Last week, President Joe Biden announced the re-launch of his "Cancer Moonshot" initiative, a project he created in 2016 while serving as Vice President in the Obama administration. The ambitious effort aims to "end cancer as we know it today" by, among other things, halving the death rate from the disease by 2047.
That goal is laudable.
It will also be impossible to achieve if the president continues to make prescription drug price controls a top administration priority.
The only way to spur the kind of rapid, large-scale medical innovation the president envisions is with a market-based drug-research ecosystem that rewards breakthroughs.
The president’s proposed price control scheme would destroy that ecosystem in short order.
There's plenty of reason to be hopeful about the future of cancer research.
A study published just last week in the journal Nature, for instance, found that a new immunotherapy effectively cured a certain form of leukemia in two early recipients.
In two papers published in November, researchers at Princeton showed encouraging progress in finding drugs that target the MTDH gene, which is "important for most major human cancers, not important for normal cells, and . . . can be eliminated with no obvious side effects," according to Yibin Kang, one of the authors of the papers.
Then there's the mRNA technology behind some of the COVID-19 vaccines, which could soon lead to effective vaccines for a range of cancers.
So the idea that cancer deaths might be cut in half over the next 25 years isn't necessarily far-fetched.
But this level of medical progress will not continue if the Democrats' proposals for price controls on prescription drugs become law.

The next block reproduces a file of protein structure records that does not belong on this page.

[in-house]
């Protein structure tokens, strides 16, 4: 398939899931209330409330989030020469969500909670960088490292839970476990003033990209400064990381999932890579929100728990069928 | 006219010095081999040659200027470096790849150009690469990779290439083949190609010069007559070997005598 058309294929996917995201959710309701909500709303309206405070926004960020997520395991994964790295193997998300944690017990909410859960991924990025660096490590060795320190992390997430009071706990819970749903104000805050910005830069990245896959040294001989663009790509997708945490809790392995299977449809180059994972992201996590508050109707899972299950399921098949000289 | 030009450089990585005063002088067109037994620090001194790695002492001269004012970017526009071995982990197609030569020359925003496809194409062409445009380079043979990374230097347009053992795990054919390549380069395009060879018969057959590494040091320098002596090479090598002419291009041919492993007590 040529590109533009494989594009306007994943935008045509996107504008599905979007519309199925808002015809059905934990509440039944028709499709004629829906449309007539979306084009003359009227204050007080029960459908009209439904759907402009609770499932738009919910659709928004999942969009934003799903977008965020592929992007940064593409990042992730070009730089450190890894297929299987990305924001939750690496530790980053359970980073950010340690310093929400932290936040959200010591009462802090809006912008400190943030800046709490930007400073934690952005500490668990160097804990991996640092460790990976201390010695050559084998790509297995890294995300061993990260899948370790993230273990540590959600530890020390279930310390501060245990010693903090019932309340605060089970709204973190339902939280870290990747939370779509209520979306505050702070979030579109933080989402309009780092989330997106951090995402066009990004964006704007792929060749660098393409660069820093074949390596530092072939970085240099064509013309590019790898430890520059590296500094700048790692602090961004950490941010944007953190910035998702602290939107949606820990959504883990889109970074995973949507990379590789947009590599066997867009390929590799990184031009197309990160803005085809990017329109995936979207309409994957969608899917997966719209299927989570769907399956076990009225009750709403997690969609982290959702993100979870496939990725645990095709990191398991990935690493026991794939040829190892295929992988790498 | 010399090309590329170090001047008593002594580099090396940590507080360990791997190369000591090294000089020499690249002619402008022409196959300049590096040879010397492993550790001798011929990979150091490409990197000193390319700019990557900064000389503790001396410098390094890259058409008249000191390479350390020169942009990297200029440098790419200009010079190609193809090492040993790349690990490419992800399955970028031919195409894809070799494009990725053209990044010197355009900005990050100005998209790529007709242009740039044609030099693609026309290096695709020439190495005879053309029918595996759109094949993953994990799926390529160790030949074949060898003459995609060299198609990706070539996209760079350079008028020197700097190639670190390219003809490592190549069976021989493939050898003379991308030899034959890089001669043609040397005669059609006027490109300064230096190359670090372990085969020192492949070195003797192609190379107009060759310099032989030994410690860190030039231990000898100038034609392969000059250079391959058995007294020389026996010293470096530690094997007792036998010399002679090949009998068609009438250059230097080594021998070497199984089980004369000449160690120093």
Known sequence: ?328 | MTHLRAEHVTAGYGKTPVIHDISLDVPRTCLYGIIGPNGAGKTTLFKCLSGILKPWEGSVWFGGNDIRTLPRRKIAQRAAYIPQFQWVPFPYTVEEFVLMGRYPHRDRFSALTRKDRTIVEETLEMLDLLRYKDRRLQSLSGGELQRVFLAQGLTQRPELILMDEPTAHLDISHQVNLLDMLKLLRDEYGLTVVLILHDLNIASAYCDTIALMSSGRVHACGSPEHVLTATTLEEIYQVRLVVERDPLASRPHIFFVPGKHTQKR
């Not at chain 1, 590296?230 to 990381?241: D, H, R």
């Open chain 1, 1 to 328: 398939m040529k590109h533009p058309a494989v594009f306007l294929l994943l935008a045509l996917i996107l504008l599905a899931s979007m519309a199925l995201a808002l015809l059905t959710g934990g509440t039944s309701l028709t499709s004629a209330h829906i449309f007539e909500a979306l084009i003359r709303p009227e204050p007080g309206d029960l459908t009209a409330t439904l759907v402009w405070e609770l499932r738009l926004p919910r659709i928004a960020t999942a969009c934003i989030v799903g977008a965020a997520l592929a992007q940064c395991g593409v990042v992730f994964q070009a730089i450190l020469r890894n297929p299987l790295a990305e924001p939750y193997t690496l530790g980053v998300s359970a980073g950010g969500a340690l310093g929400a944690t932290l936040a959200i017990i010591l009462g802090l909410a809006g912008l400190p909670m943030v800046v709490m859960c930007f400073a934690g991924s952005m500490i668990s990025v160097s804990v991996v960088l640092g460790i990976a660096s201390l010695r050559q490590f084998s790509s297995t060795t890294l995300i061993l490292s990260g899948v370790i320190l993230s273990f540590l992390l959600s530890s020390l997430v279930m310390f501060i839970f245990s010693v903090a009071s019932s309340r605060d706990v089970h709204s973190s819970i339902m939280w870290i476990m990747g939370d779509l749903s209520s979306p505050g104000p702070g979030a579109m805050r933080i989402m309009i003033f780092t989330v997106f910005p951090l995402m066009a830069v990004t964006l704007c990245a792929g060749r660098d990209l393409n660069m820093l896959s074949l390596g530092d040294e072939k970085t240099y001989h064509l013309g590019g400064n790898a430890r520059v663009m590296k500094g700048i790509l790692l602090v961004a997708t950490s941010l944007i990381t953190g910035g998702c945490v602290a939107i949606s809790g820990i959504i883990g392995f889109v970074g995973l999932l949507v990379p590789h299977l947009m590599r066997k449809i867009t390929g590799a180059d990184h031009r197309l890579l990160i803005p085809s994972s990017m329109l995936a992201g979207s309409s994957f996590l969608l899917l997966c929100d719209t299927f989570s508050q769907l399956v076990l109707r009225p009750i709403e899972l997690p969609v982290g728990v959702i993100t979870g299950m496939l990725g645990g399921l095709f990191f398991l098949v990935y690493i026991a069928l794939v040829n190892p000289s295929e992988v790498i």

President Biden's Build Back Better Act would give the Secretary of Health and Human Services the ability to demand lower prices for drugs purchased through Medicare. It would also extract massive payments from pharmaceutical firms that raise a drug's price at a rate faster than inflation.
These reforms could cause drug companies to think twice before selling their wares in the United States.
That's precisely what’s happened in foreign countries that impose price controls.
Of the 113 new cancer medicines launched by drug companies between 2011 and 2020, fewer than half were available in Germany and the United Kingdom within the first year. Only one-third were on offer to patients in Canada, and just one in five in France.
American patients, by contrast, had access to 90 percent of these medicines in their first year after launch.
It should come as no surprise, then, that Americans are considerably less likely to die from cancer than patients in countries with price controls. The death rate from cancer in the United States was 185 per 100,000 people in 2020. In the United Kingdom, it was nearly 265 per 100,000. In France, it was 284 per 100,000, and in Germany, 300 per 100,000.
If President Biden is serious about slashing cancer mortality rates, copying the policies of European nations with higher cancer death rates is one of the worst things he could do.
Price controls do more than cut off access to existing medicines. They also destroy incentives for developing newer, more effective cancer treatments. The United States has led the world in drug innovation for decades. Today, more than half of global investment in drug research and development happens at American firms.
This dominance is made possible by a market-based system that incentivizes breakthroughs. Investing billions of dollars in an untested medical technology only makes sense if there's a chance to earn back that investment should a medicine prove safe and effective.
If the government can step in and dictate how much a company can charge for a new treatment, cure, or vaccine, the economics of drug development will break down.
Investors will move their money to less risky projects. And many of the promising advances in cancer care we can see on the horizon will never materialize.
If cancer research makes historic strides in the next quarter-century, it will be the consequence of a private drug market that rewards innovation.
Instead of threatening to dismantle that market through price controls, President Biden should let scientists and entrepreneurs do their jobs.
Sally C. Pipes is president, CEO, and the Thomas W. Smith fellow in healthcare policy at the Pacific Research Institute. Her latest book is "False Premise, False Promise: The Disastrous Reality of Medicare for All," (Encounter Books 2020). Follow her on Twitter @sallypipes. Read Sally Pipes' Reports — More Here.
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